You also, below, quote Ben Locker. He believes a "one size fits all" planning policy is fair for all. If I am Christian and my house is too small I can move to a bigger house anywhere in England and I can be sure to find close by a church, a faith school, shops that meet my needs and a community & friends that share my culture. That's not true for Charedim. If I am Charedi I'd be isolated as a visible minority of, probably, one. The effect of "one size fits all" policies is to discriminate against me because of my religion. Can the policy be justified? "Yes", Planning Committee Councillor Mulready might say, "because you have chosen your religion, your kosher diet, your numbers of children, your eccentric dress." So I must conform to the majority culture or suffer the consequences? Personally I have no creed but I value diversity and tolerance and I think Mr Lobenstein is right to emphasise the positives in the current climate. None of us are without faults.

  2. You say: "I value diversity and tolerance".

    So before getting bogged down in the minutiae of loft extensions, illegal schools and planning law, may be we should discuss whether the values diversity and tolerance are recognised by the Charedi community?

    On January 14 the New York Times reported that the growing political and economic power of Ultra Orthodox community in Israel is causing problems - one facet being the erosion of women's rights.

    It's an alarming article for anyone who claims to "value diversity and tolerance" but also for anyone wondering what could be in store for Hackney.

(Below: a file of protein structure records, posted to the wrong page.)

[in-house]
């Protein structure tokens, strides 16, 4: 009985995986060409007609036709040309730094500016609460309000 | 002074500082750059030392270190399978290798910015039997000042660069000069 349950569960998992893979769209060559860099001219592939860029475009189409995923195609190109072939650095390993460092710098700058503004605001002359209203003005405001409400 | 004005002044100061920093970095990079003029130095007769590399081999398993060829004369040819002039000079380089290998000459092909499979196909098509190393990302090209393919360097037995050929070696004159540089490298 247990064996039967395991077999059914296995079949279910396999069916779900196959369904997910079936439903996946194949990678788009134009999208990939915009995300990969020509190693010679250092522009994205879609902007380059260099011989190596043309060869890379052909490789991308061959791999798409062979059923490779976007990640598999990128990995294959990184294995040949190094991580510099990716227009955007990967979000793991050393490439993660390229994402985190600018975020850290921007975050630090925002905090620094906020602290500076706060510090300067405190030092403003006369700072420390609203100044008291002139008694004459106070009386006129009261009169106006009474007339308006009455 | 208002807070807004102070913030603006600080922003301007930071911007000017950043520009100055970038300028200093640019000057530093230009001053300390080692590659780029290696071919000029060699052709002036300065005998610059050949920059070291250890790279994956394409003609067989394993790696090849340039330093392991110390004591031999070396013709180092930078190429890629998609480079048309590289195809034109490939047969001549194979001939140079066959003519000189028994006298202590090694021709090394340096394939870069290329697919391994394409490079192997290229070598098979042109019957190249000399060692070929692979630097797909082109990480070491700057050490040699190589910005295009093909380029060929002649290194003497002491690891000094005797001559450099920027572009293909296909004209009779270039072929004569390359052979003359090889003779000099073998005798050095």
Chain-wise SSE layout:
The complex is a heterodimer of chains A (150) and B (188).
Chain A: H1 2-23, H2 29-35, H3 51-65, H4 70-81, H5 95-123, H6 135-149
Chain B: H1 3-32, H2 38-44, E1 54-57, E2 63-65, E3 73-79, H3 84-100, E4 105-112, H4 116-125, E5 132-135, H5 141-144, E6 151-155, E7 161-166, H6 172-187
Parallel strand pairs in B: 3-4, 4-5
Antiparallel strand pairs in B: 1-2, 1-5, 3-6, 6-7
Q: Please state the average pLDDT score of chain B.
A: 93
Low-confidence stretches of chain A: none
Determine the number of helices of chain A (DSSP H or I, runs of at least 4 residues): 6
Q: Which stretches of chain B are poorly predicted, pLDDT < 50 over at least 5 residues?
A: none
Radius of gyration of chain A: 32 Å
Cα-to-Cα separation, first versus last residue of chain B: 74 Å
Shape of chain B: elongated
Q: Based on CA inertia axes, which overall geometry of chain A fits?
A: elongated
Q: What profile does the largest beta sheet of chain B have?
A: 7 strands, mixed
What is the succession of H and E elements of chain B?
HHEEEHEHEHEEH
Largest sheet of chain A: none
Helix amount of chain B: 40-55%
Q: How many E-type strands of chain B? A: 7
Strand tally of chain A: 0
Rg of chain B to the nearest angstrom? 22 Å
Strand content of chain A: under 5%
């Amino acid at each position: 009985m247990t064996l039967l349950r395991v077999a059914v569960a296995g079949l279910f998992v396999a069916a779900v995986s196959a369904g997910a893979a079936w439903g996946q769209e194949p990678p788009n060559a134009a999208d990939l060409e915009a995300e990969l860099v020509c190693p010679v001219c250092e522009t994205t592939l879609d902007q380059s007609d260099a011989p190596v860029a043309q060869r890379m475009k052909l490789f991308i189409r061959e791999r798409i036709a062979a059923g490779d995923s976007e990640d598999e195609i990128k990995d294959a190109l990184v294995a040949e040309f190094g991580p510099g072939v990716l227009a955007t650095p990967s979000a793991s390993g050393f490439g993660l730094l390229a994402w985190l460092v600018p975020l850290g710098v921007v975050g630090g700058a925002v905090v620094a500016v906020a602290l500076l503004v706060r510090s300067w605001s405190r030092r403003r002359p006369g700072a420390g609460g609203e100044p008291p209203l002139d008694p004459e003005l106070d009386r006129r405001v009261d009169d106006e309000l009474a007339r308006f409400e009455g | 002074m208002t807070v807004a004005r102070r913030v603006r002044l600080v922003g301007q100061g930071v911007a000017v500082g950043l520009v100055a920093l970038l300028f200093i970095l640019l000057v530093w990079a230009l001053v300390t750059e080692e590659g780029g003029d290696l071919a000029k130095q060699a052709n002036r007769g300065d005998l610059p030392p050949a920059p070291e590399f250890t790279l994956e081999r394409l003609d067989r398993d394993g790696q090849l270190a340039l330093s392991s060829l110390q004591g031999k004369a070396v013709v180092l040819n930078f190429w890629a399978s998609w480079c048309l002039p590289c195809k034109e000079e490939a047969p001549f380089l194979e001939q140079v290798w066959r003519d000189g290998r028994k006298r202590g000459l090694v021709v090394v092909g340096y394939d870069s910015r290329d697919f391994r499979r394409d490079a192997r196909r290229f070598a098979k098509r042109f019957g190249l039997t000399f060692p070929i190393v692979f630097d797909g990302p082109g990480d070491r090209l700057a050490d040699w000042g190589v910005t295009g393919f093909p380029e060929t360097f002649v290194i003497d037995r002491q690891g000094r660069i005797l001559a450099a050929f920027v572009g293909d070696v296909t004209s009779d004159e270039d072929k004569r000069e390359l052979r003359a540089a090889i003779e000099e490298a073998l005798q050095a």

Is it unreasonable for people in Hackney to ask whether it could happen here, and whether some - or may be many - members of the Charedi community in Hackney want similar restrictions on women to be imposed here?

    There are signs that some in the Charedi community in Hackney expect the wider community to comply with their religious codes, like the banning of adverts on buses:

    But there appears to be no moral or religious comeback on those Charedim who disregard the culture and values of other communities – ie breaking planning laws.

    To many it looks like a one way street. Can you offer any evidence to counter these fears?

    May be you could show Joe Lobenstein the article above and find out if he would publicly condemn breaches of Hackney Council planning rules?

  3. Of course there is no denying that religious fundamentalism often manifests abhorrent views and conduct. The recent history of sectarianism in Northern Ireland is one example. All are subject to our laws which restrict behaviour which impinges on the freedoms of others. But it is unarguable that because some in a faith community exhibit views or behaviour eg chauvinism with which one disagrees then that community must forfeit the right to be treated equally under the law eg they are not entitled to have their planning applications heard in public or to exercise rights of appeal. Are they entitled to fewer rights than the numerous property developers in Hackney who disregard planning control for purely venal motives. If that were the case, where would it end?

  4. Raising an issue with the Advertising Agency seems a pretty reasonable step to take to me. Had that person defaced the offending advert, then I would concede your point. But making a complaint, that is an offended party's prerogative, surely? We all still have the right to be offended by what ever we deem offensive. Anyone who has a problem with that, is pretty intolerant I think.

    Whilst I find the "Our children do not take drugs, wear ripped jeans or sport nose piercings, therefore we should be allowed to …[fill in the blank]." argument repugnant, and part of a problem not its solution, let me introduce you to a similar argument, which in my view is more affective.

    This is a true story. It is one that happened less than two hours ago on Stamford hill High street, see @TfLTrafficNews.